The Kobe earthquake in 1995 killed over 5,000 people, and had a magnitude of 7.2. Very few of the buildings built to the strict 1981 building code were damaged. An 8.0 earthquake in Hokaido in 2003 only killed one person. The Great Kanto earthquake (magnitude 8.2) in Tokyo in 1923 killed over 200,000.
The Mexico City earthquake of 1985 was an 8.1 and killed around 8,000 people.
The earthquake which flattened Bam in Iran on Boxing Day last year was only 6.6 but killed 26,271 people due to the traditional building materials and techniques.
The 9.5 magnitude earthquake in southern Chile in 1960 killed more than 2,000 people injured 3,000 and left 2,000,000 homeless, tsunami caused 61 deaths in Hawaii; 138 deaths in Japan; 32 dead and missing in the Phillippines. The tsunami also knocked over some of the Easter Island giant statues.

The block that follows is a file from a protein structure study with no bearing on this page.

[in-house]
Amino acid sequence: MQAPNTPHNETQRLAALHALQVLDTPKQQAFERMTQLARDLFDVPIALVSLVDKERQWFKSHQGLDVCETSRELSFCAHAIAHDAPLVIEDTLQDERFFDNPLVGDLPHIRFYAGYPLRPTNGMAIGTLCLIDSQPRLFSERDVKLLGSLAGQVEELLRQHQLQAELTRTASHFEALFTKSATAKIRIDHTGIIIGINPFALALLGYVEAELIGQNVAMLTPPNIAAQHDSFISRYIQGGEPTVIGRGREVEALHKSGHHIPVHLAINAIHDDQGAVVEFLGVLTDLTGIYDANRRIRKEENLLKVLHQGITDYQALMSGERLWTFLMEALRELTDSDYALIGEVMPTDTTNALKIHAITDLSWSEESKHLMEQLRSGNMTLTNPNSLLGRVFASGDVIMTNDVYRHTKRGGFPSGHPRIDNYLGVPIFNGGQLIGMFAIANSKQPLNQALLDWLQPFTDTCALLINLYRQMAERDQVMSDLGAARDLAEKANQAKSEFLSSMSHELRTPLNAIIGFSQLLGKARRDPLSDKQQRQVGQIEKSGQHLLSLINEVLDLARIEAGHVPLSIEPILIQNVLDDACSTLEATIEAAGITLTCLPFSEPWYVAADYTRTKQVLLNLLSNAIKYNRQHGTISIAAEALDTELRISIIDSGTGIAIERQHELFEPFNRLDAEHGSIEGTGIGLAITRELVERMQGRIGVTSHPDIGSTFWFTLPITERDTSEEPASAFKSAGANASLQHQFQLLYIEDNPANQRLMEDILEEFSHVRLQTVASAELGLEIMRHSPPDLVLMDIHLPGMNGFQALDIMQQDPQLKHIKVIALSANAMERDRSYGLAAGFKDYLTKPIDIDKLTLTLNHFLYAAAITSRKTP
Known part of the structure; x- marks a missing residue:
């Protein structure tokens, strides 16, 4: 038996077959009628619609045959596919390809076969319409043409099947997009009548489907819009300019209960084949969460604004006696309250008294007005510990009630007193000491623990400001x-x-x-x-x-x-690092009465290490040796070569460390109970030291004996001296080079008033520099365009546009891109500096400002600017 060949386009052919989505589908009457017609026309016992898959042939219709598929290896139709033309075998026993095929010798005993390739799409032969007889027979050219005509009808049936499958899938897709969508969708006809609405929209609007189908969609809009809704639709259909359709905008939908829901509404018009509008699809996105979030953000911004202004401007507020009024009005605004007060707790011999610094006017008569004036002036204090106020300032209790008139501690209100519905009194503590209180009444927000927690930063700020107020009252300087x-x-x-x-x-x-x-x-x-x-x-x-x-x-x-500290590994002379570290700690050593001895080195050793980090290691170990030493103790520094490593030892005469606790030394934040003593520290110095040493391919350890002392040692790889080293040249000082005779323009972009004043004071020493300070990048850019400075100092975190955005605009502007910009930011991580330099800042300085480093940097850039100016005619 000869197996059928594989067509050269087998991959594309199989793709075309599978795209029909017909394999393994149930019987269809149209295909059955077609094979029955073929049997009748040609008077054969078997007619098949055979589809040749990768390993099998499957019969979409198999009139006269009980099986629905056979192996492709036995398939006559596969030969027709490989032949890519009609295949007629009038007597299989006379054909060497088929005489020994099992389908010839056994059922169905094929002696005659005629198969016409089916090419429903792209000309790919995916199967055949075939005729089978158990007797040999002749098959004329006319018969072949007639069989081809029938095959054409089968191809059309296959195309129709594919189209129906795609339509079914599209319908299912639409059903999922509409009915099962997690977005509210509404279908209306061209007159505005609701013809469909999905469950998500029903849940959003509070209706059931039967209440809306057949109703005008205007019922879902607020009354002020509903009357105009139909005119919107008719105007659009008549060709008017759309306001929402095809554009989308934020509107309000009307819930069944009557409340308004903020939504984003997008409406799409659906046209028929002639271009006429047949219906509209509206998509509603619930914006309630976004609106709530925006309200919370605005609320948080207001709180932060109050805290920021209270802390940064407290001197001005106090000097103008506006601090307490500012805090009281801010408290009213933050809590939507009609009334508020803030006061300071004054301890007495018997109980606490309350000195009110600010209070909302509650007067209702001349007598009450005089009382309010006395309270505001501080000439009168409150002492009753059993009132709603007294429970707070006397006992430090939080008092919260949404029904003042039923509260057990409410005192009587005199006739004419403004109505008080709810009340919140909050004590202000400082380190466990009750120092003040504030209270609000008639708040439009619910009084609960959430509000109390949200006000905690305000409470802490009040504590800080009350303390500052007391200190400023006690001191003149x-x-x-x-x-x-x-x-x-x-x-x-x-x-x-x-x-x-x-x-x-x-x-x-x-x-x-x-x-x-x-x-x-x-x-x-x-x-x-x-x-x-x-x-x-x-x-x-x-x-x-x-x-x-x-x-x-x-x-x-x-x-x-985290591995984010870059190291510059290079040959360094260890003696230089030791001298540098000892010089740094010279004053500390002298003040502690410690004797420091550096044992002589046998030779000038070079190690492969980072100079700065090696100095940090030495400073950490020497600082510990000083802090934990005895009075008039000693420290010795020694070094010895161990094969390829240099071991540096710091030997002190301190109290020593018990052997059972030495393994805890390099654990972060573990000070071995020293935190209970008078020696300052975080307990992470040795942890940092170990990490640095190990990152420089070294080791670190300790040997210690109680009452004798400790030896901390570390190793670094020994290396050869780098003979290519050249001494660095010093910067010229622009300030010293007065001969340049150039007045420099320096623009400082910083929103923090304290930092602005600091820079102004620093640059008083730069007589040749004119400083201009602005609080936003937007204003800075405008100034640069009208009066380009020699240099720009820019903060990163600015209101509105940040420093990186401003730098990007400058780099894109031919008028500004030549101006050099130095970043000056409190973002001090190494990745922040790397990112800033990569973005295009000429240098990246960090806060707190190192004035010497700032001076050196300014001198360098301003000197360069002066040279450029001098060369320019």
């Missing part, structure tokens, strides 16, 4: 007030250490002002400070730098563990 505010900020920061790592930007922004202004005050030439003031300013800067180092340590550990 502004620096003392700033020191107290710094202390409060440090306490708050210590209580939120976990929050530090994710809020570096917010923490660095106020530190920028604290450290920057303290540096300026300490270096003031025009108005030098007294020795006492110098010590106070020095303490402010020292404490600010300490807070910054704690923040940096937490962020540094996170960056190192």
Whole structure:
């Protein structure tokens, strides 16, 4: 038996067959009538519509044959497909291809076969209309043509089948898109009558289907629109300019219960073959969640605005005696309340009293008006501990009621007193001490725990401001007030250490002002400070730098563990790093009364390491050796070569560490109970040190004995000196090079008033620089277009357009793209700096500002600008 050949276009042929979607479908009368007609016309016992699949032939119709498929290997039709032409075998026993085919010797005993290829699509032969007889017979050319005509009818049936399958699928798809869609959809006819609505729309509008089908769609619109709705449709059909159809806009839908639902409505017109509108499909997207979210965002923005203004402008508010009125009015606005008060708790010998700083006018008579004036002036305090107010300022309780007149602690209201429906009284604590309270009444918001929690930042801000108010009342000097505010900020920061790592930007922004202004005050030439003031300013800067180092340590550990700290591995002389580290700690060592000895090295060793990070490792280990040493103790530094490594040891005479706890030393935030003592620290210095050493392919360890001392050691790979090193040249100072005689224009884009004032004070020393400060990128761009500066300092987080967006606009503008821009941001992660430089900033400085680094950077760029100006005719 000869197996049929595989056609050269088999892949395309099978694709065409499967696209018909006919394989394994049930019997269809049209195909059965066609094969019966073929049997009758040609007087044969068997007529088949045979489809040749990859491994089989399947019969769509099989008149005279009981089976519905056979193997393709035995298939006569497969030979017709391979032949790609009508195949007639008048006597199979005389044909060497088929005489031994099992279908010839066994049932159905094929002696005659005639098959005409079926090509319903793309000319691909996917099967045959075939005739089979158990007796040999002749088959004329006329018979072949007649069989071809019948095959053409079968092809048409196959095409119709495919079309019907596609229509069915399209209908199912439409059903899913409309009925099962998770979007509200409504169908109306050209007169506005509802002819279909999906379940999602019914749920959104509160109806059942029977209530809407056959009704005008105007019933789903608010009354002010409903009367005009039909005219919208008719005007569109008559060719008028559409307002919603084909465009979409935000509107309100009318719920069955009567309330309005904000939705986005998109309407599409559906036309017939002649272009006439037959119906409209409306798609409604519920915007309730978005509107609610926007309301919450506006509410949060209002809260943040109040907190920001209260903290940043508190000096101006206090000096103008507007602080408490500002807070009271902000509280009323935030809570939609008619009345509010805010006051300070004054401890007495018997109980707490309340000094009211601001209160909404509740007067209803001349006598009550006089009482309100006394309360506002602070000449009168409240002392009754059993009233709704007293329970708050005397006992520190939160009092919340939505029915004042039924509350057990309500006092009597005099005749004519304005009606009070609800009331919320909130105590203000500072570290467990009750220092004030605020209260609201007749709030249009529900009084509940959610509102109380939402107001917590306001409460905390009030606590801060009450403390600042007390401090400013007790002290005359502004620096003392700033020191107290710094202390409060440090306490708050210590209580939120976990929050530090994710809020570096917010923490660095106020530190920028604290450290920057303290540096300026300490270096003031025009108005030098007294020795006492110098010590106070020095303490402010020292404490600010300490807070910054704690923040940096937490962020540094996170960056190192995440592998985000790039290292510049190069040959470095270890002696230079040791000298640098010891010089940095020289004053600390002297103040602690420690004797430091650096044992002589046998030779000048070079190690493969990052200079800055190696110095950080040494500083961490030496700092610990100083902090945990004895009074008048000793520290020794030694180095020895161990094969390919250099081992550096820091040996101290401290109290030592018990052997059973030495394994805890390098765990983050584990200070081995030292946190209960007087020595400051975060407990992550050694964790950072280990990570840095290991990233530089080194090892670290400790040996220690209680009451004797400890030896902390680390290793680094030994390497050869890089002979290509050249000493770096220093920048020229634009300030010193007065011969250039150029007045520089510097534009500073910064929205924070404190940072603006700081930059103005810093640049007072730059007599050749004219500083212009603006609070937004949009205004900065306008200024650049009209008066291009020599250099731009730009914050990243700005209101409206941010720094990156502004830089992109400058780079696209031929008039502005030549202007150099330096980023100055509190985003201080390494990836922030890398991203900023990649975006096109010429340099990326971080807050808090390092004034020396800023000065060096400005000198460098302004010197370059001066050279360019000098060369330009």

The Lisbon earthquake was estimated at 8.0 on the Richter scale and killed around 60,000 people.
Around 25,000 were killed in Armenia in 1988 in an earthquake of only 6.9 in magnitude.
In case anyone cares (or remembers at a relevant moment) I'll be heading to the Aro Valley Community Centre or Te Aro Primary School if a bad quake hits Wellington (though probably after leaving word at the local Civil Defence Centre for the are I am in at the time - and assuming I can still get around ok).
This link has phrases saying merry christmas and happy new year in many, many, many languages (including Maori, Welsh and Cree).
Whatever I feel about a large Christian symbol adorning Mt Victoria, it does seem a little macabre to celebrate the birth of a child with an instrument of torture. I mean, what sort of message does that send?